While COVID-19 has limited the collection’s in-person use, faculty have worked with Pumphrey to schedule the collection for class assignments, including classes on the history of outdoor industry and on color theory.

The industry has also made use of the collection in spite of travel restrictions, Anderson reported, particularly through the Instagram account @outdoorrecarchive. Since 2019, Anderson has been posting scans of different catalog covers every day. “We can give people a glimpse into the catalogs, or at least the covers, to appreciate the beauty of each,” Anderson explained. It’s a way to reach new audiences; currently @outdoorrecarchive has over 10,000 followers.

Anderson reaches out to each follower individually with a link to a special digital exhibition of the covers. People have contacted Pumphrey for more information; he scans the insides of catalogs and more for those who have questions. The archive has been featured on the OPPD podcast and a virtual panel hosted by USU as part of its History of Gear series.

With COVID restrictions lifting, Anderson and Pumphrey are seeing requests for companies to come and use the collection in person to possibly influence the direction of a new product line or marketing campaign.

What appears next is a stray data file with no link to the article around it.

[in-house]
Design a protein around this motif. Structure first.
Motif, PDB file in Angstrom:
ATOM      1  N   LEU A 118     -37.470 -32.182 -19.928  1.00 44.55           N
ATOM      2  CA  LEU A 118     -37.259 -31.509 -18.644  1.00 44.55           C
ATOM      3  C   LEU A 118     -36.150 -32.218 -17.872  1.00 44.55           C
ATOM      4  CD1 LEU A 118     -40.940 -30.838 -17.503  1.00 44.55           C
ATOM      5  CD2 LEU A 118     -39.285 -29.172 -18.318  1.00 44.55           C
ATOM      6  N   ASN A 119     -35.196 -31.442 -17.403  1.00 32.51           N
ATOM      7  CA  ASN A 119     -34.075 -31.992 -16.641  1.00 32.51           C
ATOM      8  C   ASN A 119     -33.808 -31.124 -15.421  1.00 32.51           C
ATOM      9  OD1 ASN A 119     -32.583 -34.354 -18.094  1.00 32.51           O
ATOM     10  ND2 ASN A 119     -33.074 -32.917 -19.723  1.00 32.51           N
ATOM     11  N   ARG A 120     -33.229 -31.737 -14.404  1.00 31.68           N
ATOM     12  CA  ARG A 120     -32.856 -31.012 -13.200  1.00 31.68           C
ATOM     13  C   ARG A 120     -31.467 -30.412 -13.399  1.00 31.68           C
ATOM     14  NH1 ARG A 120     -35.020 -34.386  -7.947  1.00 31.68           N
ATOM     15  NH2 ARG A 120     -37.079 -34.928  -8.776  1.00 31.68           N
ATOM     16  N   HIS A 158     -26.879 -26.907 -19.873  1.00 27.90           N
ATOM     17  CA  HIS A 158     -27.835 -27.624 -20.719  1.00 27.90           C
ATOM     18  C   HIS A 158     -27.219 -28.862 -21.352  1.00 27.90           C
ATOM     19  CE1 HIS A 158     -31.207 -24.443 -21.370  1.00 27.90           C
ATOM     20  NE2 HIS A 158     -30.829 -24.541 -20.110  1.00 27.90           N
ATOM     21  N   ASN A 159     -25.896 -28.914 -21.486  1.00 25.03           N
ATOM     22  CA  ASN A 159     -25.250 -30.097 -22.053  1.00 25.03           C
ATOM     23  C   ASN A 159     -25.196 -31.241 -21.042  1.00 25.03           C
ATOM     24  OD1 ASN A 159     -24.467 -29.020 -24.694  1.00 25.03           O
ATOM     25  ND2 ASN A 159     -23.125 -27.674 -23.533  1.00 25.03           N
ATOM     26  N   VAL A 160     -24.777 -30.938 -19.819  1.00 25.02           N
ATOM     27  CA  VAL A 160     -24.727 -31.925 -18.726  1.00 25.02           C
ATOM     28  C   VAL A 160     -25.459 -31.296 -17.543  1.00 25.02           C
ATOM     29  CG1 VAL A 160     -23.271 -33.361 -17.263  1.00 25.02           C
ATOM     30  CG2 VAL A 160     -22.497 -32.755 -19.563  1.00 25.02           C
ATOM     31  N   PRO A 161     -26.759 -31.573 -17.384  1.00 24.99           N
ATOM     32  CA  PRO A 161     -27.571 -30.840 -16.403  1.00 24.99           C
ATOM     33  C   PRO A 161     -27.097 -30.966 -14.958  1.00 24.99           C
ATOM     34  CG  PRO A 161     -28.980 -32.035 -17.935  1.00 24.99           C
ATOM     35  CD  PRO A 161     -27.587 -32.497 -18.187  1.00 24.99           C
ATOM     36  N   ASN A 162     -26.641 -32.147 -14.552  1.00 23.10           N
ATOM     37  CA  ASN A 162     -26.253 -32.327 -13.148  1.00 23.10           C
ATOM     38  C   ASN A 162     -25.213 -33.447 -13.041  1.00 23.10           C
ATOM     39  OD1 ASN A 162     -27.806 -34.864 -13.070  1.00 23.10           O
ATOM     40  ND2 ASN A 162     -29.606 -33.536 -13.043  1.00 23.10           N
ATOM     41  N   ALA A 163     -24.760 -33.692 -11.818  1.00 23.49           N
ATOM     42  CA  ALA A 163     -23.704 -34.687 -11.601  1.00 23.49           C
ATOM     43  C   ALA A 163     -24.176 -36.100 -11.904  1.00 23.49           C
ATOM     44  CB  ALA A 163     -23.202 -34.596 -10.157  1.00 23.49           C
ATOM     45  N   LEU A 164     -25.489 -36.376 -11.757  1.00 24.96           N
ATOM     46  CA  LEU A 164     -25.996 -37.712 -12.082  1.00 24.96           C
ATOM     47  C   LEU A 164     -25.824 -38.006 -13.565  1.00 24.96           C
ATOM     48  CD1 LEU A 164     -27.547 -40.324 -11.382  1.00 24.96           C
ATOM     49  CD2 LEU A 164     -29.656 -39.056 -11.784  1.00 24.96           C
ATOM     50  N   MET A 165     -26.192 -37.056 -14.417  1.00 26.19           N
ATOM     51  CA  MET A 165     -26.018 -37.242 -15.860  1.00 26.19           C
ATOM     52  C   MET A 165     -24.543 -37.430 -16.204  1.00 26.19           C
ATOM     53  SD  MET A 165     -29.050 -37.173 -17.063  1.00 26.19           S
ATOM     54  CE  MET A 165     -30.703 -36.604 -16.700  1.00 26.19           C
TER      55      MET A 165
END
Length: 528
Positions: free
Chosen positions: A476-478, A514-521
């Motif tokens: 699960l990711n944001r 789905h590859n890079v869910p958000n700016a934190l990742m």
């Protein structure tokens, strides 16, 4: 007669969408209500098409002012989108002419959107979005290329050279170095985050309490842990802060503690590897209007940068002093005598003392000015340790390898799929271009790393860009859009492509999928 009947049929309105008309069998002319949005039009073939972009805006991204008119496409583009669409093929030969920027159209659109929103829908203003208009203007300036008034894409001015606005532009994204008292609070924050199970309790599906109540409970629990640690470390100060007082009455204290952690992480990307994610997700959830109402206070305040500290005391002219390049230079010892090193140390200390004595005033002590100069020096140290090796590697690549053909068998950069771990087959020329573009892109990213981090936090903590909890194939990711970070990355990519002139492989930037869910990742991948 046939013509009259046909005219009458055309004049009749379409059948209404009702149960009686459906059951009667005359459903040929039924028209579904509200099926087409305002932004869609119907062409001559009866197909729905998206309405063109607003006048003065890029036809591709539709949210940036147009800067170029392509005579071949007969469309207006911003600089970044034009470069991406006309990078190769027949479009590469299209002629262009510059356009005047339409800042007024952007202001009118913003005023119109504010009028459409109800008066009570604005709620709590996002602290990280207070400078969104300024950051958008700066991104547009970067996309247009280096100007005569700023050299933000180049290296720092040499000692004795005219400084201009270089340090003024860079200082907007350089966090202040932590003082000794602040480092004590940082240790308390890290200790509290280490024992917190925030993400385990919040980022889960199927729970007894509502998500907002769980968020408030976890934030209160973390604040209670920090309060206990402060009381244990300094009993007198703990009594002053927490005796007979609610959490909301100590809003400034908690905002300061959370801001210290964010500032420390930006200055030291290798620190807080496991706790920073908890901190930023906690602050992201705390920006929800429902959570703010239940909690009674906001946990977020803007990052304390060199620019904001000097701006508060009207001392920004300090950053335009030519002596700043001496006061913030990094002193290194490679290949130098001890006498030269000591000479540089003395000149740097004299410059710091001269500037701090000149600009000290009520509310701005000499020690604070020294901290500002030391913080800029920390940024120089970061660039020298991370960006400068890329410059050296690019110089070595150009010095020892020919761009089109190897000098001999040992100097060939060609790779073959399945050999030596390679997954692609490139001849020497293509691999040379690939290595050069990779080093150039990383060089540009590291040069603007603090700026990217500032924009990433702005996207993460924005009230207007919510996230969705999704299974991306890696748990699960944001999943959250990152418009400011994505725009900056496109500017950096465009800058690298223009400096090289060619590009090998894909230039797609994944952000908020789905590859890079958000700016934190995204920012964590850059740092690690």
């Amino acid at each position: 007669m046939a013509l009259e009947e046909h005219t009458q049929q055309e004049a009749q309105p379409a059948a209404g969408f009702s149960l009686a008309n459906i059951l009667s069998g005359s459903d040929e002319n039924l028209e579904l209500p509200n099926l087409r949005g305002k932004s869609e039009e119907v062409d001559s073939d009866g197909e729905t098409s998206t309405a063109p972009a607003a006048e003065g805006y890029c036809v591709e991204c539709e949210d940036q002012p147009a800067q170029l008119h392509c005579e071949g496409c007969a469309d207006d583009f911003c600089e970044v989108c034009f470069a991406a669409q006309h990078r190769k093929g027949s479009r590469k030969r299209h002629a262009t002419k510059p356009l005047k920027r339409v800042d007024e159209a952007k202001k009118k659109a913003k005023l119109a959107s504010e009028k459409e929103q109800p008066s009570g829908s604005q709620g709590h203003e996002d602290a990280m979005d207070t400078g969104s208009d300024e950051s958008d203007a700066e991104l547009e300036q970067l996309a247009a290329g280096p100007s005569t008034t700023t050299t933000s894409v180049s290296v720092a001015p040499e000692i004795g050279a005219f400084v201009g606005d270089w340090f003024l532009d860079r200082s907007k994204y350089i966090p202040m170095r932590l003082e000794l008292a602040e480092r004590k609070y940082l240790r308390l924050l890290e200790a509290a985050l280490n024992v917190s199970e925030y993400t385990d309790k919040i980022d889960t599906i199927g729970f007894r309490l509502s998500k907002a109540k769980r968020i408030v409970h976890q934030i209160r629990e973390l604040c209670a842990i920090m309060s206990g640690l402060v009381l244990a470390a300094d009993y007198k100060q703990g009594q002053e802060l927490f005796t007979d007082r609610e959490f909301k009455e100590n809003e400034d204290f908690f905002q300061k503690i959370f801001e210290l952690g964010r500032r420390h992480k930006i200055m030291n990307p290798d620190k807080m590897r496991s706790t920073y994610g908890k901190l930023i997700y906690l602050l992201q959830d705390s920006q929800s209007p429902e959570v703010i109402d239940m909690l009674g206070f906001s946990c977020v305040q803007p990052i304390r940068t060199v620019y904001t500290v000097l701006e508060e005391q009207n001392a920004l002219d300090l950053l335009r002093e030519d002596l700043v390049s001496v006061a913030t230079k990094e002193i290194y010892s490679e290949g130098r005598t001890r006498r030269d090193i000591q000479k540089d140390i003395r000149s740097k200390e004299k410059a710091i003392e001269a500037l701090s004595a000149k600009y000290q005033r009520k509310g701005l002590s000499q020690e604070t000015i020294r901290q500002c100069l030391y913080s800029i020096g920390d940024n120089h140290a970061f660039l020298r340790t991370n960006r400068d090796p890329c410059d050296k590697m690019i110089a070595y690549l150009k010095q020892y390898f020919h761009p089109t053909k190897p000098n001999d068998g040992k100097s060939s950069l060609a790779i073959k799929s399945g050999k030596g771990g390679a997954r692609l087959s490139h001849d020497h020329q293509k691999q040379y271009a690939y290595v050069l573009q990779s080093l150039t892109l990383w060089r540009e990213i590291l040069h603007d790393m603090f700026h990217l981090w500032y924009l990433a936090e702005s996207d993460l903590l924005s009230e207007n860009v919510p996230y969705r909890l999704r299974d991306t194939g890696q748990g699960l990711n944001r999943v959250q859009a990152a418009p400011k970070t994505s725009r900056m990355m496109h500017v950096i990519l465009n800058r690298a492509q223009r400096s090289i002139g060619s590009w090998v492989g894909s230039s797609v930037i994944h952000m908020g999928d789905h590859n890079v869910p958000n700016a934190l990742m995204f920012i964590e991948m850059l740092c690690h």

array of three 1984 Patagonia catalogs
Array of 1984 Patagonia catalogs
Photo by McKay Jensen / USU

Pumphrey is pleasantly surprised that people are interested in the collection, he noted, adding that graphic designers are also inspired by vintage advertising and design. “That's an archivist’s dream, to have people from all over find value in the collection for a lot of different reasons,” he said. Pumphrey and Anderson are also working to invite historians, researchers, and other academics to further engage with the archive.

It’s also been a great lesson in collaboration between archives and another university department. The two have each been able to leverage their skill sets to make the collection what it is today. Pumphrey works on archiving and cataloging while Anderson works on reaching out industry partners, collectors, and promoting the work via social media.

“We're interested in building our collection and making it as robust as possible, but part of our mission too is just to bring attention to the need to preserve the legacy of the outdoor industry,” said Pumphrey. “We also want companies to think about their legacy and how they're going to preserve that, whether that’s hiring a dedicated archivist, or maybe assigning someone part-time to collect and organize things.”